The Health Innovation Lab is all about collaboration and sharing. We are eager to share information on our field, furthering knowledge and participation.
Prof. Becky Malby, Professor of Health Systems Innovation, maintains a personal blog. Posts include:
- STPs How serious are the proposals?
- Care homes - this is what works
- Thoughts on doing systems leadership
- Insights on the role and function of health innovation labs
- How to create an innovation culture
- Whether systems innovation is disruption or adaptation
- Facilitating communities of practice
In late 2016, 44 geographical areas of England published Sustainability and Transformation Plans (STPs) setting out how health and care will be delivered within their local areas by 2021, to achieve the aims of the Five Year Forward View, to restore and maintain financial balance, and to deliver core access and quality standards for patients.
The report is not a commentary on whether there should be STPs but on how they are set up to deliver the level, pace and scale of change required.
This report critically reviews each of the 44 STPs in terms of how they stand as serious, coherent and achievable plans. Each was subject to the levels of rigorous appraisal you would expect for a set of NHS planning documents. The researchers were looking for clear expert evidence, how the plans matched population needs, the resources required, the key assumptions in the overall approach, and how local accountability operates across the footprint. Overall the report finds that the STPs are not ready for implementation, with the plans lacking a secure grounding in the current situation, and a robust evidence base to the changes proposed. Significant developments in the relationship between the NHS and Local Government are required and this will take time. The emphasis on reducing acute beds and A&E attendance will require local consultation. Legislative change is also required to free health and care from the constraints of the market to provide integrated quality care for local populations. Finally there is a significant funding shortfall, and a need for clear and robust workforce plans.
- The aims of this study are to:
- Generate clarity within the finance community of what constitutes innovation, and determine a language that participants can comfortably engage with
- Understand the nature of innovation in finance, and how it differs from other professional groups
- Identify what it takes for finance leaders to innovate individually as well as organisationally - particularly, what cultural issues are a feature across the NHS and what issues are particular to finance
- Identify what is needed in order for NHS finance teams to become more innovative, and whether the need varies depending on the nature and size of the organisation
Read the full paper (PDF File 770 KB)
This joint position paper between the National Institute for Health Research and LSBU summarises the results of an inquiry workshop with research, clinical and managerial leaders in June 2016. The inquiry focused on how to create a culture of innovation and research in complex systems.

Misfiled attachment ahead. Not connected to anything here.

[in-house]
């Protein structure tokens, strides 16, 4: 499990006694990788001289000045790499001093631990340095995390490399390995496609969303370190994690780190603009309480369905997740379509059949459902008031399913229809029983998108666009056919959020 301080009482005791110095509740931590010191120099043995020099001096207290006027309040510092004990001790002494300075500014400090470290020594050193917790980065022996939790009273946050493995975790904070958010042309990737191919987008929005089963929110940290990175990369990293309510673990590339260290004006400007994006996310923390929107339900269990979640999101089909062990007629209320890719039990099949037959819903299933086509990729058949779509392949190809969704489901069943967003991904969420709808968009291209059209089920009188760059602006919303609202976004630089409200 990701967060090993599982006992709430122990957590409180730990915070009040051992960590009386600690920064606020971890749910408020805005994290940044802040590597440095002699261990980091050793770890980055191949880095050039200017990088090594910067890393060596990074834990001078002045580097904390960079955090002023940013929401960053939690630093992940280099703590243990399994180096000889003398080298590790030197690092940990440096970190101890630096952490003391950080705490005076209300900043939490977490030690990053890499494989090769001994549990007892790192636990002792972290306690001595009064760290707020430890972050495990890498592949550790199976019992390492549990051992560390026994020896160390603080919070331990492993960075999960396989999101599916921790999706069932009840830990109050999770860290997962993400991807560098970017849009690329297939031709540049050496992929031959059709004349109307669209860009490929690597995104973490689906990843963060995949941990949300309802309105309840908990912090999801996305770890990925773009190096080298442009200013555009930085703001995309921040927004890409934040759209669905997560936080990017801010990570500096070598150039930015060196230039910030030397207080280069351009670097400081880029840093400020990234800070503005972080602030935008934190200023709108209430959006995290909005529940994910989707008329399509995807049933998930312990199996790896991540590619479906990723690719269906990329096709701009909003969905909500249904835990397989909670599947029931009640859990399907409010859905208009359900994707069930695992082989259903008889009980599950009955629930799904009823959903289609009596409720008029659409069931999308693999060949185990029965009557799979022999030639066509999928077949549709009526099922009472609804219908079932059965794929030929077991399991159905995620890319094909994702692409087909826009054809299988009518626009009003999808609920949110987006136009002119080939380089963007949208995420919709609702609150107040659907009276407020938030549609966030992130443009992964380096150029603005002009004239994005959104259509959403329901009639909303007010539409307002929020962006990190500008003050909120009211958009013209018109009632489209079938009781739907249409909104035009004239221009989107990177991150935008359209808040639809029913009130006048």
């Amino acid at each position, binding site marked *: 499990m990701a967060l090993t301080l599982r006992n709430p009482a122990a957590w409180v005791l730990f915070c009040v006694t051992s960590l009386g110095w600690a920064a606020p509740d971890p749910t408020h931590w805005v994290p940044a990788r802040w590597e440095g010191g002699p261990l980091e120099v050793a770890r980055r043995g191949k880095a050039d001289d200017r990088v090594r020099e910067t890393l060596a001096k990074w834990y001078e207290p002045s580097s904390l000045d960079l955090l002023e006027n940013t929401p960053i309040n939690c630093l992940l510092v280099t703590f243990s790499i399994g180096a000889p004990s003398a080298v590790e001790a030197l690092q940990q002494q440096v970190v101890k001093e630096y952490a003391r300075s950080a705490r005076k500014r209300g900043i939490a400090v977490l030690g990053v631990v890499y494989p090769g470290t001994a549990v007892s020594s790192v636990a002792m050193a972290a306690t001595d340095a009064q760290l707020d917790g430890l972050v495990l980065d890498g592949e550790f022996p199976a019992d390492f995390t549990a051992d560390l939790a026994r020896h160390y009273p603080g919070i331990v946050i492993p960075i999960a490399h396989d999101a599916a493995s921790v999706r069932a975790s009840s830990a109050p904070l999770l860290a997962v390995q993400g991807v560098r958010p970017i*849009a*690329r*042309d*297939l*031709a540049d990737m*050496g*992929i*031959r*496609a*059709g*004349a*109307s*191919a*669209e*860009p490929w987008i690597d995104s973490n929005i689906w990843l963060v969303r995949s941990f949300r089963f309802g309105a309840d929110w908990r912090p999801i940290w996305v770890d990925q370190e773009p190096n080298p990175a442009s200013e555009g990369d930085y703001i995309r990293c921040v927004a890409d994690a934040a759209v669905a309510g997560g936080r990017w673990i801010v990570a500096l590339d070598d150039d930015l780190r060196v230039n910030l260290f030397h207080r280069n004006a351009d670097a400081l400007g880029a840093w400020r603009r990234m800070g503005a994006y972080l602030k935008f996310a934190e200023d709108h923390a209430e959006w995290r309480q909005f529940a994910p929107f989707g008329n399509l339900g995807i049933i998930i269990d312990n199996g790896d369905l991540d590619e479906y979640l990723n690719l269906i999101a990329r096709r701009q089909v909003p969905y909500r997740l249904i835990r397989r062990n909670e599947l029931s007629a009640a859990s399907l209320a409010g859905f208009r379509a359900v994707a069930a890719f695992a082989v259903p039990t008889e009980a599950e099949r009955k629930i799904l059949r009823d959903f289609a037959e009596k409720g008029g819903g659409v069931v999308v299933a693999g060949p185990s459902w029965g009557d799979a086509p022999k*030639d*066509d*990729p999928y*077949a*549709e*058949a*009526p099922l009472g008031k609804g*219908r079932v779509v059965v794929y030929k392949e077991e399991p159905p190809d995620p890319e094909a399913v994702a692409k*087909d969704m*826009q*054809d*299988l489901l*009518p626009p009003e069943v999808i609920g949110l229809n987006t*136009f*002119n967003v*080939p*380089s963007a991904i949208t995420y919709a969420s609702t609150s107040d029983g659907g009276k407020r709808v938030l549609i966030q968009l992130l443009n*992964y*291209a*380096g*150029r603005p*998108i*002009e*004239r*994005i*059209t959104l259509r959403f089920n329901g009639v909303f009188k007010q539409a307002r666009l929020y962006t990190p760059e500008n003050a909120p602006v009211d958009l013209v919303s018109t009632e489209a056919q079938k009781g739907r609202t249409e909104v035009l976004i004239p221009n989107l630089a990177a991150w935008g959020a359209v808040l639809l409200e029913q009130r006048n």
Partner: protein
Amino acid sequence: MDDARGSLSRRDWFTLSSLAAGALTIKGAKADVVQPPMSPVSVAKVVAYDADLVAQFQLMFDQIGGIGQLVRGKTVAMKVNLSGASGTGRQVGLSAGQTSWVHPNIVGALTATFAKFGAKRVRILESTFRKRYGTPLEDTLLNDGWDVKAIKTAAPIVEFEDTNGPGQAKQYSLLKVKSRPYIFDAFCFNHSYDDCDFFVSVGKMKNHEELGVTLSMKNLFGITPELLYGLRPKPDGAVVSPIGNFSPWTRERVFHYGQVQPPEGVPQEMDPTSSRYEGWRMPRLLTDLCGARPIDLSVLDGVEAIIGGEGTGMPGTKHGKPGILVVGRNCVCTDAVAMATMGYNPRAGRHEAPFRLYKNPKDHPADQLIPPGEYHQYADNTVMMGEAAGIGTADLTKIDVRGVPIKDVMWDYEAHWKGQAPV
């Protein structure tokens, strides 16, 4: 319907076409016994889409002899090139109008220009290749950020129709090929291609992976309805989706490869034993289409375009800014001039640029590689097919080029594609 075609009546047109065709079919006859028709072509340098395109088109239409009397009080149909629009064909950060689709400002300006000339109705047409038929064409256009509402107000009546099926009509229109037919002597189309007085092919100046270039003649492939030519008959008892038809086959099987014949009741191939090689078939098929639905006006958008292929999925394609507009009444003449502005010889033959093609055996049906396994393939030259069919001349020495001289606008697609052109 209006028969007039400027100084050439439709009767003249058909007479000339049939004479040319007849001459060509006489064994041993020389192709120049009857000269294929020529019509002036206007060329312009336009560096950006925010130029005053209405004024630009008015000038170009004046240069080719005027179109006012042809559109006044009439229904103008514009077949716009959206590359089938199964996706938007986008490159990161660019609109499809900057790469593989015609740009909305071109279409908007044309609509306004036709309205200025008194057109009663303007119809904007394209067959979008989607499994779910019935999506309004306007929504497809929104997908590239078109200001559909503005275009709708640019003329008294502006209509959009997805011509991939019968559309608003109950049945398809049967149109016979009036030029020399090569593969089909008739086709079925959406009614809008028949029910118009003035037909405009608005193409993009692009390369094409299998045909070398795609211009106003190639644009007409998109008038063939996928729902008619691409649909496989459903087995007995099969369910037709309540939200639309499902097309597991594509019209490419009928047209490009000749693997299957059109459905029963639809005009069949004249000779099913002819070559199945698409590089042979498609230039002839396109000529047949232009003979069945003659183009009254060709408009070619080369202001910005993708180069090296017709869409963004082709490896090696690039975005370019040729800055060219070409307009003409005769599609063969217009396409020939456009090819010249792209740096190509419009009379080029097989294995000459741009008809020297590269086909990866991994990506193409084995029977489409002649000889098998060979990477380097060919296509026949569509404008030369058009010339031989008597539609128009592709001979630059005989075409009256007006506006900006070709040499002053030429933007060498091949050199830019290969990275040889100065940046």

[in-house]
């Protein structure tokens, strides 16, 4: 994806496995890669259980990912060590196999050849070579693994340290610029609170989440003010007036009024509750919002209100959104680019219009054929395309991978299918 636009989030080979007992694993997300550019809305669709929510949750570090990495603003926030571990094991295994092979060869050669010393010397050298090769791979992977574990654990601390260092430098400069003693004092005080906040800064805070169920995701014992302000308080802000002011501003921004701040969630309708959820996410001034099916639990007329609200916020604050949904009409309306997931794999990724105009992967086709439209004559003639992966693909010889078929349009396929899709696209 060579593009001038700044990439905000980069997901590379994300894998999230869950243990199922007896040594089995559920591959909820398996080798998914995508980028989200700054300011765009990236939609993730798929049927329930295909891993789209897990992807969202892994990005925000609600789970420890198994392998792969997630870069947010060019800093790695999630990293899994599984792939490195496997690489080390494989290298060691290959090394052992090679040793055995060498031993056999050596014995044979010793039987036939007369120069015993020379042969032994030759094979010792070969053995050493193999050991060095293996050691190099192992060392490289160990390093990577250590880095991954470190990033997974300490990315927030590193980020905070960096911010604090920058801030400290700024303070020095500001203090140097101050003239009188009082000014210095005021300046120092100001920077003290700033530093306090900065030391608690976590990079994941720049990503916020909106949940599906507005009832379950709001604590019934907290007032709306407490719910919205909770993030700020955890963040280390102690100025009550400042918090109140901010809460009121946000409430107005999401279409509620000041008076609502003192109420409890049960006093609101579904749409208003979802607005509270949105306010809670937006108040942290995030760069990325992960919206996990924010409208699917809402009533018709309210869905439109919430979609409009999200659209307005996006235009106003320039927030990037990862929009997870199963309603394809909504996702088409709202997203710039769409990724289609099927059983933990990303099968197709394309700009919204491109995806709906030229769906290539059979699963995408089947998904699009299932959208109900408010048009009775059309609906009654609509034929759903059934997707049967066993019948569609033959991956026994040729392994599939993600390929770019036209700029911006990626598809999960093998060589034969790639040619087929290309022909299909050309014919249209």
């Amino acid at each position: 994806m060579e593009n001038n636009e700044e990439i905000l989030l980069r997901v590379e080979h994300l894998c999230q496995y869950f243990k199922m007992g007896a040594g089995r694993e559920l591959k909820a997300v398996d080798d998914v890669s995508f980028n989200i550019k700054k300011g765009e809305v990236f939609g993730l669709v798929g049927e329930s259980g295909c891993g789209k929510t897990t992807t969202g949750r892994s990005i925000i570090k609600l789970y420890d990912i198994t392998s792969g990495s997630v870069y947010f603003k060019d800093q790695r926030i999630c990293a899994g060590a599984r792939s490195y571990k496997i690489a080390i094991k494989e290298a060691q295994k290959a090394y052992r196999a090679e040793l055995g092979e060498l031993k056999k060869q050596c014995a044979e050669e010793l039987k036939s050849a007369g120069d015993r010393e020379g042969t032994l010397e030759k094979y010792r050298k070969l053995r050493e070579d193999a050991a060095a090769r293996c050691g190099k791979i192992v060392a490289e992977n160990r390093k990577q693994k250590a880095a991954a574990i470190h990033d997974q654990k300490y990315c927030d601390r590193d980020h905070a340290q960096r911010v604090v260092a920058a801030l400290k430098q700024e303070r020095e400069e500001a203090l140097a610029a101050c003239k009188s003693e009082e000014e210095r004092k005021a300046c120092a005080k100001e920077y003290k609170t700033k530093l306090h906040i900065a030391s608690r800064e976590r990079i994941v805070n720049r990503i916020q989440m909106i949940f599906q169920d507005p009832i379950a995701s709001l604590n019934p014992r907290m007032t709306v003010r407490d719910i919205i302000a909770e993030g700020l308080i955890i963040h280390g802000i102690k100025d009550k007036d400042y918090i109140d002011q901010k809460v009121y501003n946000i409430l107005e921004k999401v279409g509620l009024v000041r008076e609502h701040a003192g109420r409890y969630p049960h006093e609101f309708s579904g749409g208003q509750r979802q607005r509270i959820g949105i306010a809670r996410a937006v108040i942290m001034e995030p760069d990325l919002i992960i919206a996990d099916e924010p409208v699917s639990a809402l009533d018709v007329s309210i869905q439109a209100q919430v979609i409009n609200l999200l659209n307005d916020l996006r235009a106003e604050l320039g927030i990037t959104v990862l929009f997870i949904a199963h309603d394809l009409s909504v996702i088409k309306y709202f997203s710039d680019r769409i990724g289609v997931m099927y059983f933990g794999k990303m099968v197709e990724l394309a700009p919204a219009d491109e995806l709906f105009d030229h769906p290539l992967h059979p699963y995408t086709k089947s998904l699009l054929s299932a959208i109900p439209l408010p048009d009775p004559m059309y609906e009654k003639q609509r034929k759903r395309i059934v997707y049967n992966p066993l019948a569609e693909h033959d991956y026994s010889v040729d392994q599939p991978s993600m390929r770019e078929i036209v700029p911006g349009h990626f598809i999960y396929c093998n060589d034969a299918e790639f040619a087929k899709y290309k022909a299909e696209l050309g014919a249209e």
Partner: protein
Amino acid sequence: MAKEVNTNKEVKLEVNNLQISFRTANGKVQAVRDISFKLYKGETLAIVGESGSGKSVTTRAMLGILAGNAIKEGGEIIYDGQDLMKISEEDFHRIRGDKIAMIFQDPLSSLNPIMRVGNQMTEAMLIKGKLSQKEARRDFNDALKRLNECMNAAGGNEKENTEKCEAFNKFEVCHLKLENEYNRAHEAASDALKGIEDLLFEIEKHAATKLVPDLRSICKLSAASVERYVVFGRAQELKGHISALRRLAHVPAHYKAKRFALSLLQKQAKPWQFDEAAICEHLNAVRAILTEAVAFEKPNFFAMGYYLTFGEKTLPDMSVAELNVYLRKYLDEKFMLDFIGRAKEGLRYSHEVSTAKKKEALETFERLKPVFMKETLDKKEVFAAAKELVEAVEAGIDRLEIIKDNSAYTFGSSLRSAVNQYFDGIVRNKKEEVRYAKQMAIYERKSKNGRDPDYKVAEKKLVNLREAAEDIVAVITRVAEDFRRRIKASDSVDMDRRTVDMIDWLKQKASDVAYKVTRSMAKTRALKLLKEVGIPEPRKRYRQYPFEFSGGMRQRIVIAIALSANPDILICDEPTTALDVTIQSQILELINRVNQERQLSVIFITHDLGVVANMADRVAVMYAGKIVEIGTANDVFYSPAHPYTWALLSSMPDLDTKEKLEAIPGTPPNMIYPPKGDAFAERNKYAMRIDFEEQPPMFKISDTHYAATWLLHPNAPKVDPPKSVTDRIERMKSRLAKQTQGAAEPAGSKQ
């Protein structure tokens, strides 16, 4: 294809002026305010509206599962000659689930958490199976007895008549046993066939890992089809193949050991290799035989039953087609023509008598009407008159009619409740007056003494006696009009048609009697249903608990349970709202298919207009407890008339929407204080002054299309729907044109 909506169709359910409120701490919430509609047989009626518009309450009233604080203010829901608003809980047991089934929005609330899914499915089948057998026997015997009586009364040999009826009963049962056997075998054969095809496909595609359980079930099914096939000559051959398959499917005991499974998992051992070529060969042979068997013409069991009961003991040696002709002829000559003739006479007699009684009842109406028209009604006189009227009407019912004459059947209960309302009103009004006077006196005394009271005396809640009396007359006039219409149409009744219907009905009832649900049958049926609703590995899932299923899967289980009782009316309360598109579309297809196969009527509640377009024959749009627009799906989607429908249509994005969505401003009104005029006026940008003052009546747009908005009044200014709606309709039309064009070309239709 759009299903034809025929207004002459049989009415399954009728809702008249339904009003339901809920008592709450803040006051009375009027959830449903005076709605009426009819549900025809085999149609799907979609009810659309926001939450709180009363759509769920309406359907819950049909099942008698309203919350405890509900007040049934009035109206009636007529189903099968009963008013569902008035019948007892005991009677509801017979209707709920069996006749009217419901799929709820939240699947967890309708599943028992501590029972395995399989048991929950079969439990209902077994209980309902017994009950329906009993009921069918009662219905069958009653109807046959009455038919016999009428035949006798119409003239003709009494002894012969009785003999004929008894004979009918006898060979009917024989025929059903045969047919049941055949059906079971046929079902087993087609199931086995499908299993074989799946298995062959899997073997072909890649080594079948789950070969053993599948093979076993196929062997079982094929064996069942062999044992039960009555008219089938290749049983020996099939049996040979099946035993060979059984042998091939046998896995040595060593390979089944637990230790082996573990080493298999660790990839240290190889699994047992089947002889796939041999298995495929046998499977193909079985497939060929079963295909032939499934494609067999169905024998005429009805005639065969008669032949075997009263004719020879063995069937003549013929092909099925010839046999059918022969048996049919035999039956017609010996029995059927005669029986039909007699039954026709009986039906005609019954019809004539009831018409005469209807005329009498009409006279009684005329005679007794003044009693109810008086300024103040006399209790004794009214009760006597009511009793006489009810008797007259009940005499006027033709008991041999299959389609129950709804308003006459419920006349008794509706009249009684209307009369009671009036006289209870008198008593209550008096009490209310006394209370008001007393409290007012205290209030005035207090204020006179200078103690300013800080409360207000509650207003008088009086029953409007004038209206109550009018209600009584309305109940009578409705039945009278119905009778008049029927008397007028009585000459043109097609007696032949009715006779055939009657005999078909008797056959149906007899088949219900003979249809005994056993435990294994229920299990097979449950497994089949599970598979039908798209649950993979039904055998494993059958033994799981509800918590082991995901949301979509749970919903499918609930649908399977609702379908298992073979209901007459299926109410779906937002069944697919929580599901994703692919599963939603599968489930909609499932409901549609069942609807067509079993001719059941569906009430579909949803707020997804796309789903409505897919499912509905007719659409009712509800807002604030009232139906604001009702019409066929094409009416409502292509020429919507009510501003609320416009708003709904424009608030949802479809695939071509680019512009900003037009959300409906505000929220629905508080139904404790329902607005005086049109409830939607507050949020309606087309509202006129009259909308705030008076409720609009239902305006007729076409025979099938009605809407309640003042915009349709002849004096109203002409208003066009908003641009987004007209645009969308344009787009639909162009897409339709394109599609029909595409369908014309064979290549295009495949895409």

For the purposes of this paper, ‘systems’ relate to health and social care systems organised around populations and places. For these systems it is not clear who leads the system, or how they differ in terms of capacity and culture, or how they address the issues of generating an innovation and research culture.
Innovation is a situated practice, balancing individual and collective capacities, best realised through network and collaborative relationships. There are significant challenges with moving from local innovation, where there is more tacit knowledge, to systems-wide innovation.
We considered the role of disruptive and incremental innovation in systems, and the underlying cultures that create readiness at policy, system and team levels.
Read the full paper (PDF File 139 KB).
This longitudinal study demonstrates that overall there is much evidence that the Darzi programme has practically and intuitively shown Fellows how to think first and then act differently for alternative outcomes. Fellows are much more proactive than reactive because of the programme. Many responses carried a central message of empowered, enlightened and highly skilled individuals who are actively and uniquely challenging the status quo. Thus, there is clear evidence that the Darzi programme has created a plethora of systems thinkers and doers, with a greater understanding of how to use data to bring about system change.
A picture emerged of often bold individuals with a determination to actively instigate change across London and beyond. There is evidence that many Fellows are emerging as leaders, acting as catalysts for sustainable change in the healthcare environment. By any reasonable measurement, the Darzi programme continues to be successful with learning and behavioural change sustained after the Fellowship year.
Read the Longitudinal Study (PDF File 1,047 KB).
Prof. Malby discusses the context for networks in health in the UK.
Equality and managing inequalities
Watch Prof. Malby talk on managing inequality through coproduction.
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